May 28, 2018: Nephrology, Dialysis, Transplantation
Mala Sachdeva
As with the suitability for kidney transplantation for obese recipients, there is no universally accepted guideline for clinicians for obese donors; criteria for acceptance are variable among transplant centers. Obesity is on the rise in the United States and the number of living kidney donors who are obese parallel this national trend. Careful risk assessment and informed consent must be undertaken predonation prior to accepting an obese kidney donor in order to minimize long- and short-term complications...
May 28, 2018: Seminars in Dialysis
James R Rodrigue, Aaron Fleishman, Michaela Carroll, Amy R Evenson, Martha Pavlakis, Didier A Mandelbrot, Prabhakar Baliga, David H Howard, Jesse D Schold
Purpose of review: This paper describes the background, rationale, and design of an NIH-funded, single-center study to test the impact of offering reimbursement for donor lost wages incurred during the post-nephrectomy recovery period on the live donor kidney transplant (LDKT) rate in newly evaluated kidney transplant candidates, to examine whether offering reimbursement for donor lost wages reduces racial disparity in LDKT rates, and to determine whether higher reimbursement amounts lead to higher LDKT rates...
March 2018: Current Transplantation Reports
Macey L Henderson
Purpose of review: Living donor transplantation offers patients with end-stage renal disease faster access to transplant and better survival and quality of life than waiting for a deceased donor or remaining on dialysis. While many people state they would be willing to help someone in need through kidney donation, there are education and communication barriers to donor candidate identification. These barriers might be mitigated by technological innovations, including the use of social media...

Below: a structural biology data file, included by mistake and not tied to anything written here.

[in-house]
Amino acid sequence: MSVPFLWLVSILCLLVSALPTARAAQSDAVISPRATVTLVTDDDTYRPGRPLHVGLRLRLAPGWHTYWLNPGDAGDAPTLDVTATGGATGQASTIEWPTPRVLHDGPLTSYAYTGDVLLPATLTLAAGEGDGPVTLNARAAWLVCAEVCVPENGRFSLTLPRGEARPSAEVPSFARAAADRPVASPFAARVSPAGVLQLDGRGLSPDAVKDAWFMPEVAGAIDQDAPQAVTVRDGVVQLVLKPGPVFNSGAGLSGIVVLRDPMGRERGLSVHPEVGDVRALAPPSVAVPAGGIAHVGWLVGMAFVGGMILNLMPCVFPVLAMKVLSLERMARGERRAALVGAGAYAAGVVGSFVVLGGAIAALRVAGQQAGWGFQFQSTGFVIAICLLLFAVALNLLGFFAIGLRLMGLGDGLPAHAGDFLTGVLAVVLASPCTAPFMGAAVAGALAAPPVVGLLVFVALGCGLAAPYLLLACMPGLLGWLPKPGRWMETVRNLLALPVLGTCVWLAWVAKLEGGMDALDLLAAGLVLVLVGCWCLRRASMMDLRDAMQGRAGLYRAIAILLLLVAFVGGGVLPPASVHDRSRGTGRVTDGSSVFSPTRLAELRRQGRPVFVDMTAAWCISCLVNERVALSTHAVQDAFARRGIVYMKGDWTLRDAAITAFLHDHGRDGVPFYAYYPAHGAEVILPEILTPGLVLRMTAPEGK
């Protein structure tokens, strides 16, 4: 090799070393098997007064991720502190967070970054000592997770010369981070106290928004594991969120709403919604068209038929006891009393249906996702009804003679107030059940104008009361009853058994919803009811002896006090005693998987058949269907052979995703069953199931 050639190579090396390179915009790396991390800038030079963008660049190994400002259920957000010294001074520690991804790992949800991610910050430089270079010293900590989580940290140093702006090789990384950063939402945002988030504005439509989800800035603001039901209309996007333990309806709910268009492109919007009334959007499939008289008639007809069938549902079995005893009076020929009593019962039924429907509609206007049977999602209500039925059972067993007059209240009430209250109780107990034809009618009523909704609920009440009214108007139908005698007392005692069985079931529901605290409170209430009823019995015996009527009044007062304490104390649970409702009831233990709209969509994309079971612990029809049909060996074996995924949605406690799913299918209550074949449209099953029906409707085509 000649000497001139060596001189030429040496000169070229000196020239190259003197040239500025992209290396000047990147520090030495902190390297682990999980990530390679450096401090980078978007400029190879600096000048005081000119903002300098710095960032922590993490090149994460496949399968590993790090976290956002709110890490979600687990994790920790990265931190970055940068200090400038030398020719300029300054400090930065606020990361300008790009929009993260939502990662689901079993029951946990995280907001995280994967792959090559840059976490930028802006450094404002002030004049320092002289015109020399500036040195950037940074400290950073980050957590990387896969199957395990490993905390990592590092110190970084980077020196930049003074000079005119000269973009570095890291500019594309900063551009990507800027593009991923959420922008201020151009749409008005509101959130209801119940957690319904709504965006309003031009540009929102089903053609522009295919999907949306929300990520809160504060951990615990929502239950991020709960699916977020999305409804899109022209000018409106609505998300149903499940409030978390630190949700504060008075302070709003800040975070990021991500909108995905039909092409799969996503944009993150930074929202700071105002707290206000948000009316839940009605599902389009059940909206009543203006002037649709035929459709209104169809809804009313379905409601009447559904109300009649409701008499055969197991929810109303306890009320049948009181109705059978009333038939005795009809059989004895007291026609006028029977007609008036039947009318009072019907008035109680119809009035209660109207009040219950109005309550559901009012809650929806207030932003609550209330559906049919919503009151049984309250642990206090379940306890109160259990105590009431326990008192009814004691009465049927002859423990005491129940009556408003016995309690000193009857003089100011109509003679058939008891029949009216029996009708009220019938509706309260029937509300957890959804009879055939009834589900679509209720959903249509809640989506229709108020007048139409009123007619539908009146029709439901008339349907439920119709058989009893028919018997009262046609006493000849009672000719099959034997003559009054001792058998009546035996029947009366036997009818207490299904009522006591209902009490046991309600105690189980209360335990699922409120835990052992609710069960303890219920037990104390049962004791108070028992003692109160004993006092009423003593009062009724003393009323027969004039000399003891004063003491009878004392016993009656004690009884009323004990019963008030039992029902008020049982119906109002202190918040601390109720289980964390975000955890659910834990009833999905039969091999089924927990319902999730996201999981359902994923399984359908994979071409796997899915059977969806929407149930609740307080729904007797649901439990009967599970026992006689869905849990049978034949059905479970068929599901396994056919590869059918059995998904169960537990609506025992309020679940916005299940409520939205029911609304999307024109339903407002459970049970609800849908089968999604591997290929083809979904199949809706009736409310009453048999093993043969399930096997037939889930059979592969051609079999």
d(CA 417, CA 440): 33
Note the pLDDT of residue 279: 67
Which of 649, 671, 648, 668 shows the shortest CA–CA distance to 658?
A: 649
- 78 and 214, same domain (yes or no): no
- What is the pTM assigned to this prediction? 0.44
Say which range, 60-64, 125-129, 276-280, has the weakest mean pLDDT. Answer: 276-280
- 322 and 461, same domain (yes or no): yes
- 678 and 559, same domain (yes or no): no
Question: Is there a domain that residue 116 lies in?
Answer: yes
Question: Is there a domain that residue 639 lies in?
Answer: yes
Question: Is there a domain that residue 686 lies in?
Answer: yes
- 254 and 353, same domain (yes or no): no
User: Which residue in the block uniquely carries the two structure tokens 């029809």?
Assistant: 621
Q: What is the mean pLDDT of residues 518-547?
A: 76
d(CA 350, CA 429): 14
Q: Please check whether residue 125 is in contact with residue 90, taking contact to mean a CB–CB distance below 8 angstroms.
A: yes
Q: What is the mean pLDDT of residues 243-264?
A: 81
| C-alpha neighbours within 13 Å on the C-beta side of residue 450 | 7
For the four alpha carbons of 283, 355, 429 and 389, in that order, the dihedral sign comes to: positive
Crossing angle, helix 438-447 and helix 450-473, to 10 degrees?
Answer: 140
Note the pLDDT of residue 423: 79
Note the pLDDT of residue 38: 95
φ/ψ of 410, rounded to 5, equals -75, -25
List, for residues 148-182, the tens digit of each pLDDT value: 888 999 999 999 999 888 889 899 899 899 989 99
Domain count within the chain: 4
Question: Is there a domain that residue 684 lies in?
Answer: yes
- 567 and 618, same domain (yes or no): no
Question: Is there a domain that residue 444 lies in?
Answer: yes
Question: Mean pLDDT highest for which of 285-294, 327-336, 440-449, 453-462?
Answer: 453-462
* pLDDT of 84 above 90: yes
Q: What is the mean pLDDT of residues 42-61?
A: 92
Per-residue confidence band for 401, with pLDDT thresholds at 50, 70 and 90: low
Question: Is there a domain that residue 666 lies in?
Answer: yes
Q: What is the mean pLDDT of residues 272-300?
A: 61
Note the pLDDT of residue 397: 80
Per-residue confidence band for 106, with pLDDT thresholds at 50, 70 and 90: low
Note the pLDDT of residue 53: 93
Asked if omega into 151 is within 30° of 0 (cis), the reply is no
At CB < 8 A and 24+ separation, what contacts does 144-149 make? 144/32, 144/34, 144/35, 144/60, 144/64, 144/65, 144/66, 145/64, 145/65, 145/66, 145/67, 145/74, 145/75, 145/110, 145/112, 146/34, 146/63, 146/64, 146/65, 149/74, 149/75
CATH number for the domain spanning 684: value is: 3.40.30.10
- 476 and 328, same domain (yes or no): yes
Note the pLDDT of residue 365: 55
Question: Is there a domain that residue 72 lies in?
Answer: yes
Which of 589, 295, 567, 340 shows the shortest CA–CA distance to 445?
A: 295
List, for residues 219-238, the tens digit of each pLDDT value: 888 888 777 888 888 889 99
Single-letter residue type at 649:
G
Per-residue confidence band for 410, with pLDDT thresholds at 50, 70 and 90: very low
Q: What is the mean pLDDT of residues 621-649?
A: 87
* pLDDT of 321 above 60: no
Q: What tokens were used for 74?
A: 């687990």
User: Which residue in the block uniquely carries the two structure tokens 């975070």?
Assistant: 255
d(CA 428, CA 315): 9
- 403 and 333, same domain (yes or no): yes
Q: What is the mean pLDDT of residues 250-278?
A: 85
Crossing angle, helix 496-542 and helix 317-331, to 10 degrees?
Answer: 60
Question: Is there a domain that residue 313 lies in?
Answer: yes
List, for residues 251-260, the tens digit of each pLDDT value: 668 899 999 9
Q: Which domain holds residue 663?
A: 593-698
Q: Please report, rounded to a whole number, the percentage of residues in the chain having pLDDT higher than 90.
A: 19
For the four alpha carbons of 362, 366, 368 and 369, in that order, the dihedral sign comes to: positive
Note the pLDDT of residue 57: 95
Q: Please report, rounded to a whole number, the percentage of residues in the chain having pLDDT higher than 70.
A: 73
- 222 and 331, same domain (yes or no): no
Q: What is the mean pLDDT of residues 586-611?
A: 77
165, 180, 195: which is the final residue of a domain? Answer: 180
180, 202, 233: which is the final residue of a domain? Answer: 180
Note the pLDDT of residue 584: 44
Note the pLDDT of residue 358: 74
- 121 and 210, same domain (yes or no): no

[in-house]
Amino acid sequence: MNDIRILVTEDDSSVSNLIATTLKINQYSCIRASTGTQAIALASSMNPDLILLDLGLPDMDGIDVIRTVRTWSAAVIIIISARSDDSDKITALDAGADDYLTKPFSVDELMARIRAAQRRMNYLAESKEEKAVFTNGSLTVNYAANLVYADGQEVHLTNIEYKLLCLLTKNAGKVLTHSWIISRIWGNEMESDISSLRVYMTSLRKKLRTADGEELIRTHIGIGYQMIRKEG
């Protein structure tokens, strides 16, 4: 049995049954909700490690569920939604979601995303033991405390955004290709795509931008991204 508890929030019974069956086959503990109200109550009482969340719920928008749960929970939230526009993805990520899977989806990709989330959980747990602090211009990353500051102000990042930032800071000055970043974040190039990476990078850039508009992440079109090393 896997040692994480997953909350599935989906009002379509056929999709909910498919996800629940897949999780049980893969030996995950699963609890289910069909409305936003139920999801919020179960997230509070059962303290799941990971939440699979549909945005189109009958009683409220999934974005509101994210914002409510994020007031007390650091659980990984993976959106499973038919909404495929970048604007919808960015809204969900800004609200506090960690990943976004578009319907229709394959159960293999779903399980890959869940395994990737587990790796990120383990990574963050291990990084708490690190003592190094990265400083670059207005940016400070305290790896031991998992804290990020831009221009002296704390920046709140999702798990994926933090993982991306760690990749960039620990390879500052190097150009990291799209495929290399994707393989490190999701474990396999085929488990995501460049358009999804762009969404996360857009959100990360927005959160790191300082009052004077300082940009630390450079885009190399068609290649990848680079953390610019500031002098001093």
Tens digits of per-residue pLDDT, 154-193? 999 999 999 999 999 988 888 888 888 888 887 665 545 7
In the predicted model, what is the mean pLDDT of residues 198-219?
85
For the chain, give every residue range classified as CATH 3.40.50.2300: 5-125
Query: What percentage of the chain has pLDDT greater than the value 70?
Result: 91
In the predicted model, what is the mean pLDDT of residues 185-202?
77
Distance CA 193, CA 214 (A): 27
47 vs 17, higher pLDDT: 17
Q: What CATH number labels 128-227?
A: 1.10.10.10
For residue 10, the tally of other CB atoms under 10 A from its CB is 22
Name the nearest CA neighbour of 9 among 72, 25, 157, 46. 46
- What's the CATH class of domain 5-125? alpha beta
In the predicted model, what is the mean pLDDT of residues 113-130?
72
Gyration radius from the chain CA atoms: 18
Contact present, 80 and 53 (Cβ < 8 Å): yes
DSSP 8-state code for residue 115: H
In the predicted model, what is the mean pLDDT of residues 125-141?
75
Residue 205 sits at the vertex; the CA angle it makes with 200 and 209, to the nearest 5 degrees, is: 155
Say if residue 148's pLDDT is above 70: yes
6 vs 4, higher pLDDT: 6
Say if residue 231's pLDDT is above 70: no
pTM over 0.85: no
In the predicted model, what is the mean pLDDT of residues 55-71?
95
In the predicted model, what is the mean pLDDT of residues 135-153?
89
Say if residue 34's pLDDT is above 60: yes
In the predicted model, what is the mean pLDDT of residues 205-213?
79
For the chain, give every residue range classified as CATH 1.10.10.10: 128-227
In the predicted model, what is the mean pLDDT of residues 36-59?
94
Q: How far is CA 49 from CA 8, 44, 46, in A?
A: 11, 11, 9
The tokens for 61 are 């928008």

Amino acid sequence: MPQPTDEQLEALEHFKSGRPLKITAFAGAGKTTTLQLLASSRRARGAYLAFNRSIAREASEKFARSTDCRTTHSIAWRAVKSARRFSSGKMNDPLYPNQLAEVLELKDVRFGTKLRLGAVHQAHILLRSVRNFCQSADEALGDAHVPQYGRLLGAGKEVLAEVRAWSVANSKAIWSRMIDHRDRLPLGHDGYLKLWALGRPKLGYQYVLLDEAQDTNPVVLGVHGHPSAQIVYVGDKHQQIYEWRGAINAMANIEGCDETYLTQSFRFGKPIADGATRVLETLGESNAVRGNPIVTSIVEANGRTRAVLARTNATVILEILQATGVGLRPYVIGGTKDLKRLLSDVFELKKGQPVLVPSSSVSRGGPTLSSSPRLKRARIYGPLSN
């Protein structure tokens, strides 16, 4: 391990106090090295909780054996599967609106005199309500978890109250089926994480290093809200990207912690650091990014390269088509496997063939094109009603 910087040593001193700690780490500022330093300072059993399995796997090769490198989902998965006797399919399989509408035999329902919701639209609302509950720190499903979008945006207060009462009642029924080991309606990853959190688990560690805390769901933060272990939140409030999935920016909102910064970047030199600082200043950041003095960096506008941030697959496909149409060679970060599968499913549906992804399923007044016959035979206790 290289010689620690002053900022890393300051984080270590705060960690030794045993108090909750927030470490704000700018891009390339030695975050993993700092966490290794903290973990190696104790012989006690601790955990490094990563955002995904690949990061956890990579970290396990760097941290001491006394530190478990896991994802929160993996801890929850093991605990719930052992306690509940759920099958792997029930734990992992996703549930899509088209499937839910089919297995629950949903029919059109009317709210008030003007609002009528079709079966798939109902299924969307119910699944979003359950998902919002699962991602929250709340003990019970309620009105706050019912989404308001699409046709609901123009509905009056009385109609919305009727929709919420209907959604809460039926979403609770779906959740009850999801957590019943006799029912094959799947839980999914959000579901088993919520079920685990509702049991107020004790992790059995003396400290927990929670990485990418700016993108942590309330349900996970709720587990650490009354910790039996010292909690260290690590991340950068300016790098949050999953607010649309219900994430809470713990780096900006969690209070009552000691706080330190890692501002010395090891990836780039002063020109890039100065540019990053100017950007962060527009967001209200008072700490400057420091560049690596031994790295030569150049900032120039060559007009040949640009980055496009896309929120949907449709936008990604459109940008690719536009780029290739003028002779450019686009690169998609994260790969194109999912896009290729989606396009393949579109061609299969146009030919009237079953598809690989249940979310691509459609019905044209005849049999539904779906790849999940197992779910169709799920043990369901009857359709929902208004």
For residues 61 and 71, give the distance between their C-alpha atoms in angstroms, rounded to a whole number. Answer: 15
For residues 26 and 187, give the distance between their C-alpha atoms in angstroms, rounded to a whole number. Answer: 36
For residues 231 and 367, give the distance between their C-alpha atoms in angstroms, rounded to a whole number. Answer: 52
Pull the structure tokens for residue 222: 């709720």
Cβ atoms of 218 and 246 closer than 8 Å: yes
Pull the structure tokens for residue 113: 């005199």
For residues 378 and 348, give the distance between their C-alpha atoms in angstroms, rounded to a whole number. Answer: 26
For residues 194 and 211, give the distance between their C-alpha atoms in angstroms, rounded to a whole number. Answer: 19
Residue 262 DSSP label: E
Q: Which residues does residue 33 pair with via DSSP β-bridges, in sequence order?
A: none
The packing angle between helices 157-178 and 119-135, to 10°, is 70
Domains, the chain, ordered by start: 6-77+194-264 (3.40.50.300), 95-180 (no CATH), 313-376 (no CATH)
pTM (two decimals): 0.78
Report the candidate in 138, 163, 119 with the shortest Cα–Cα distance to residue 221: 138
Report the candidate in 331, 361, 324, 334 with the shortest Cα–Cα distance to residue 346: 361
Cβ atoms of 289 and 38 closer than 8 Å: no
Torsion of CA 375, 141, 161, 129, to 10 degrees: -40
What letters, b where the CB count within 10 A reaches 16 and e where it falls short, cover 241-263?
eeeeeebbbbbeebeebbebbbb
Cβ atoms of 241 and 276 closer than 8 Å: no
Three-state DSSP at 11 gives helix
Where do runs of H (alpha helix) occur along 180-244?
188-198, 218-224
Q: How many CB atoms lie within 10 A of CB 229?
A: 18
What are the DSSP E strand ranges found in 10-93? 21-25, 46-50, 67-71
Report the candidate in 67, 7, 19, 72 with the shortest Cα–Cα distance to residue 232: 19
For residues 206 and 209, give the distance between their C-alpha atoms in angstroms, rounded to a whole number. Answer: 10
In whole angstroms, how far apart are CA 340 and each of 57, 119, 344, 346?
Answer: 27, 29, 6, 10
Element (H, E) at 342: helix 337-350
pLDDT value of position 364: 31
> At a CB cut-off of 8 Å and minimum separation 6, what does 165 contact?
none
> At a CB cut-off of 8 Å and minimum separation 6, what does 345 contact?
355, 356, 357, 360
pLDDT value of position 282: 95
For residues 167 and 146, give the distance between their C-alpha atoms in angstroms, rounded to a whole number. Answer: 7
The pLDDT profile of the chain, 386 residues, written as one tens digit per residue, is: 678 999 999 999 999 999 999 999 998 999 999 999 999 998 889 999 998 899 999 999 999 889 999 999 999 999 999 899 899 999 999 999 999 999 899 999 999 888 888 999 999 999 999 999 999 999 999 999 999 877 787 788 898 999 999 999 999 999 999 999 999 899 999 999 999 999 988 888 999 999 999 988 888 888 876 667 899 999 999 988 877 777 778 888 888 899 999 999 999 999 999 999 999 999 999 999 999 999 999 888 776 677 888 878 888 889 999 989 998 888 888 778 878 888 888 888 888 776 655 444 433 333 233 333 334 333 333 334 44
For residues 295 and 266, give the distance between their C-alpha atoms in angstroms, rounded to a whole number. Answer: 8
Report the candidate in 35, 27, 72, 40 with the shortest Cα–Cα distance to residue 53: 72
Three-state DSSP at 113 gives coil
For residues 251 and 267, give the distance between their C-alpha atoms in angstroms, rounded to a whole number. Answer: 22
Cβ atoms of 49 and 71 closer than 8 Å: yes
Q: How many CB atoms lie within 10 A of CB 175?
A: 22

March 2018: Current Transplantation Reports
E Giorgakis, A L Singer, S E Khorsandi, A Prachalias
OBJECTIVES: Aim of the study was to assess the effect of economic recession on organ donation and transplantation in Greece. METHODS: Retrospective data (2002-2016) provided by the Hellenic Transplant Organization (HTO), International Registry in Organ Donation and Transplantation, Eurotransplant, Scandiatransplant, National Health Service Blood and Transplant (NHSBT), and United Network of Organ Sharing (UNOS) databases were analyzed. HTO database was divided into the precrisis (2002-2008) and crisis (2009-2016) era...
May 23, 2018: Public Health
Dawn B Larson, Jennifer F Wiseman, David Vock, Danielle M Bergund, Ashley Roman, Hassan Nimer Ibrahim, Arthur J Matas